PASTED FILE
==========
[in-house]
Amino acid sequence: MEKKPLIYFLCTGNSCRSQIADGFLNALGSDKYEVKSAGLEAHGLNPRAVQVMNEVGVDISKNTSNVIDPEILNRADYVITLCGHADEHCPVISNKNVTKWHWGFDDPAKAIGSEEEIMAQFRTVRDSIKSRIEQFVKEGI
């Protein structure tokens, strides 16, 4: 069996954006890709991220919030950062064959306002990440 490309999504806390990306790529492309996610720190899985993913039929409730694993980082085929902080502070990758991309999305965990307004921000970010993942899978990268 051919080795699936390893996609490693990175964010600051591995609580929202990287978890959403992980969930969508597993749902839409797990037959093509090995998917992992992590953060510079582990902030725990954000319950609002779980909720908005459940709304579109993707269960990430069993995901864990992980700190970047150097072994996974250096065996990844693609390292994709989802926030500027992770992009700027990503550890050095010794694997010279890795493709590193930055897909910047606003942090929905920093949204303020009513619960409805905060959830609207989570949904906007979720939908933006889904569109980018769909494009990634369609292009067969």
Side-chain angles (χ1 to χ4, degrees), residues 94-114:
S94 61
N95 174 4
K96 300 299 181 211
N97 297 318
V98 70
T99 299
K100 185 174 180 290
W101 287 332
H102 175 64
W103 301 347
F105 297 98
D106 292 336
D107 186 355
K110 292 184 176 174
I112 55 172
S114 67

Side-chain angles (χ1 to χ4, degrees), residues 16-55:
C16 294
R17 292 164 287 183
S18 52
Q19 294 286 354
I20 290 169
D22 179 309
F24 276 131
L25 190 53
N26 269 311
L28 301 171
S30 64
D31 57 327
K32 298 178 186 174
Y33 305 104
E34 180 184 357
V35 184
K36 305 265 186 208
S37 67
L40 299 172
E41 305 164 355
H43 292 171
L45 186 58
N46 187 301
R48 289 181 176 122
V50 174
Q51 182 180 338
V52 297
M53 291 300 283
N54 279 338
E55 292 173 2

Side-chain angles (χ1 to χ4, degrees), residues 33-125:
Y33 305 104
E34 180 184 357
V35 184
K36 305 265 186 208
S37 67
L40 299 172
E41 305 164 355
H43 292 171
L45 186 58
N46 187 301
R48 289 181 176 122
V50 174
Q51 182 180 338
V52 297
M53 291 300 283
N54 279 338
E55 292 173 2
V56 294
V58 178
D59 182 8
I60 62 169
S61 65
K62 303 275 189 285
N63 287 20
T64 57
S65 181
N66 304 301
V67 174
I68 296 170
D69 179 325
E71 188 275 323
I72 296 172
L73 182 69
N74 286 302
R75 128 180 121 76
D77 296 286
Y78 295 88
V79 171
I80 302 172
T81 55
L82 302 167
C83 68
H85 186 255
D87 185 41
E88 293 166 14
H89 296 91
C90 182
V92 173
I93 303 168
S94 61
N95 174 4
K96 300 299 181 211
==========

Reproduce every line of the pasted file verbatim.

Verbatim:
[in-house]
Amino acid sequence: MEKKPLIYFLCTGNSCRSQIADGFLNALGSDKYEVKSAGLEAHGLNPRAVQVMNEVGVDISKNTSNVIDPEILNRADYVITLCGHADEHCPVISNKNVTKWHWGFDDPAKAIGSEEEIMAQFRTVRDSIKSRIEQFVKEGI
């Protein structure tokens, strides 16, 4: 069996954006890709991220919030950062064959306002990440 490309999504806390990306790529492309996610720190899985993913039929409730694993980082085929902080502070990758991309999305965990307004921000970010993942899978990268 051919080795699936390893996609490693990175964010600051591995609580929202990287978890959403992980969930969508597993749902839409797990037959093509090995998917992992992590953060510079582990902030725990954000319950609002779980909720908005459940709304579109993707269960990430069993995901864990992980700190970047150097072994996974250096065996990844693609390292994709989802926030500027992770992009700027990503550890050095010794694997010279890795493709590193930055897909910047606003942090929905920093949204303020009513619960409805905060959830609207989570949904906007979720939908933006889904569109980018769909494009990634369609292009067969």
Side-chain angles (χ1 to χ4, degrees), residues 94-114:
S94 61
N95 174 4
K96 300 299 181 211
N97 297 318
V98 70
T99 299
K100 185 174 180 290
W101 287 332
H102 175 64
W103 301 347
F105 297 98
D106 292 336
D107 186 355
K110 292 184 176 174
I112 55 172
S114 67

Side-chain angles (χ1 to χ4, degrees), residues 16-55:
C16 294
R17 292 164 287 183
S18 52
Q19 294 286 354
I20 290 169
D22 179 309
F24 276 131
L25 190 53
N26 269 311
L28 301 171
S30 64
D31 57 327
K32 298 178 186 174
Y33 305 104
E34 180 184 357
V35 184
K36 305 265 186 208
S37 67
L40 299 172
E41 305 164 355
H43 292 171
L45 186 58
N46 187 301
R48 289 181 176 122
V50 174
Q51 182 180 338
V52 297
M53 291 300 283
N54 279 338
E55 292 173 2

Side-chain angles (χ1 to χ4, degrees), residues 33-125:
Y33 305 104
E34 180 184 357
V35 184
K36 305 265 186 208
S37 67
L40 299 172
E41 305 164 355
H43 292 171
L45 186 58
N46 187 301
R48 289 181 176 122
V50 174
Q51 182 180 338
V52 297
M53 291 300 283
N54 279 338
E55 292 173 2
V56 294
V58 178
D59 182 8
I60 62 169
S61 65
K62 303 275 189 285
N63 287 20
T64 57
S65 181
N66 304 301
V67 174
I68 296 170
D69 179 325
E71 188 275 323
I72 296 172
L73 182 69
N74 286 302
R75 128 180 121 76
D77 296 286
Y78 295 88
V79 171
I80 302 172
T81 55
L82 302 167
C83 68
H85 186 255
D87 185 41
E88 293 166 14
H89 296 91
C90 182
V92 173
I93 303 168
S94 61
N95 174 4
K96 300 299 181 211